Green Century questions Cargill's 2030 deforestation timeline, reveals advocacy tactics

By Jane Byrne contact

- Last updated on GMT

Green Century questions Cargill's 2030 deforestation timeline, reveals advocacy tactics

Related tags: Stock market, Cargill

Investor action group, Green Century, says Cargill’s 2030 zero deforestation target is too weak.

That US mutual fund, which is owned by environmental non-profits, the Public Interest Research Groups, leverages its clout as a shareholder to press top US companies to make their supply chains more sustainable.

But as Cargill is a privately owned agribusiness, Green Century cannot influence change in the Minneapolis headquartered firm in the same way it has done in recent months with other commodity players such as ADM and Bunge.

However, commenting on Cargill’s new policy on forests released in September, Lucia von Reusner, shareholder advocate for Green Century Capital Management, told us the trader needs to act faster to remove deforestation from its supply chain given the ongoing abuses in the palm oil and soy sectors: “Destruction of forests is going on today. The 2030 timeline does not reflect the urgency of the situation.”

She said Green Century was extremely supportive of Cargill’s signing of the New York Declaration in November 2014 and its pledge to eliminate deforestation across all commodities in its supply chain. “But we have not seen much in terms of disclosure on progress since then,”​ added von Reusner.

Reacting, Chris Schraeder, director of sustainability communications at Cargill, told FeedNavigator:

We’ve made significant progress over the 18 months or so and have been sharing our progress along the way – but we know we have more work to do.

The New York Declaration was a major milestone for us, but it only scratches the surface of what we've been working on. We issued palm progress updates​ in November 2014, April 2015 and August 2015 and we announced a global policy and expanded regional action plans to fight deforestation in September 2015. The action plans​ outline the immediate steps we’ll be taking over the next year to address deforestation across a number of priority supply chains. Our policy is perhaps the most extensive and far-reaching within our industry.

We also understand the concern that progress is not happening fast enough and we share in the resolve to take action. These are complex issues and we recognize that we haven’t completely figured it out. Which is why we are actively working to find lasting solutions -we’ve already seen great progress in the Brazilian Amazon, for example, but we know there’s a lot more work to do.

It is a challenge that no single company can solve on its own, and we’re engaged with a variety of stakeholders — farmers, government, experts, and our customers — to move in the right direction.”

Green Century said Louis Dreyfus Commodities, another of the Big 4 firms that dominate global agricultural flows, has been silent on whether it will follow suit. “Obviously, not being accountable to shareholders, it doesn’t have the same onus on it regarding public disclosure around such initiatives,” ​said von Reusner.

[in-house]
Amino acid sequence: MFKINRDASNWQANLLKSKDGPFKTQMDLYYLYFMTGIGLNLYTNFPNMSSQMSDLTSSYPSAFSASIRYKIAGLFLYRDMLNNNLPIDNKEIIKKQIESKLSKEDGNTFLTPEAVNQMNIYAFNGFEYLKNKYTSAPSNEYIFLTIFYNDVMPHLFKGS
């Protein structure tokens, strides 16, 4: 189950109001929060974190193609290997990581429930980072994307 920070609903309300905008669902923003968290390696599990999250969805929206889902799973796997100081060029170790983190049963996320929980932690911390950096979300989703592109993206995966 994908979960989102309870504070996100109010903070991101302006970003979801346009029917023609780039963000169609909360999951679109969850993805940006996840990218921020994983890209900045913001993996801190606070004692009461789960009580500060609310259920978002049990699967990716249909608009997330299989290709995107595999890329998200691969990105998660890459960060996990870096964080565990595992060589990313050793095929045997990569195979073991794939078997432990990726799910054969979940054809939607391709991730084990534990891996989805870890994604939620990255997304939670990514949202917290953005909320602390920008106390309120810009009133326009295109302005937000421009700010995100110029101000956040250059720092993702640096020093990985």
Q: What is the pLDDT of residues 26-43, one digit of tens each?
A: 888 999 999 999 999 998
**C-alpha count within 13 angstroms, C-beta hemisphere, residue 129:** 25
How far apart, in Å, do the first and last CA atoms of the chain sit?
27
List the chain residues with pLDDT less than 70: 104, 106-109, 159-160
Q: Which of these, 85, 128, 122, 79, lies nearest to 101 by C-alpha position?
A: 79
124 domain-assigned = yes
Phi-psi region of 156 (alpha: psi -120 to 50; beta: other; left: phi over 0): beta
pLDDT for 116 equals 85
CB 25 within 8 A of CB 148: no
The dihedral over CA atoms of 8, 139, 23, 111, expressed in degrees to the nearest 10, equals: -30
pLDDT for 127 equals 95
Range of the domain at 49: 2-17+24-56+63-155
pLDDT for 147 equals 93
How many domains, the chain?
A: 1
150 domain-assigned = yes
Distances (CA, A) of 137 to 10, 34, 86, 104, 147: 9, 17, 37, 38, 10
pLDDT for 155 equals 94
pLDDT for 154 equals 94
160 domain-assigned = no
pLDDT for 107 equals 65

Advocacy tactics

Last spring Green Century filed a shareholder resolution calling on Bunge to adopt a policy to eliminate deforestation across all its supply chains, including soy, sugar, and corn, citing the long terms risks from not doing so.

The filing stated: Failure to keep pace with shifting market expectations for sustainable production may pose significant risks to Bunge including restricted market access, reputational damage, loss of goodwill, and barriers to capital.

“One third of Bunge shareholders agreed, which was very high, sending a clear indication to management that this was a risk that needed to be dealt with,”​ said von Reusner.

The agribusiness giant finally announced a cross-commodity commitment to zero deforestation in September.

The ownership stake required to bring forward any issue to investors is minimum, said von Reusner, making it a cost effective advocacy tactic.  “Anyone wishing to do so must have a least $2,000 worth of shares held for a period of one year,”​ she said.

However the approach is not without its pitfalls: “If your resolution does not receive enough votes, you may be barred from resubmitting it for three years,”​ said von Reusner.

But the investor action group always aims to engage a company in discussions first before filing a resolution. “ADM came to the table - we had an open dialogue with the company and it announced zero deforestation pledges across its supply chain in May this year - a change in policy without a shareowner vote.

In terms of Bunge though, brining the issue to shareholder level proved a necessary step as we felt it was not being overly receptive to moving forward on adoption,”​ she said.  

Commenting on the Bunge policy adoption, Jean Timmers, soy lead at WWF International, said: “The push by shareholders via Green Century has provided powerful leverage to help companies source more sustainable commodities.”​ 

Related topics: Regulation

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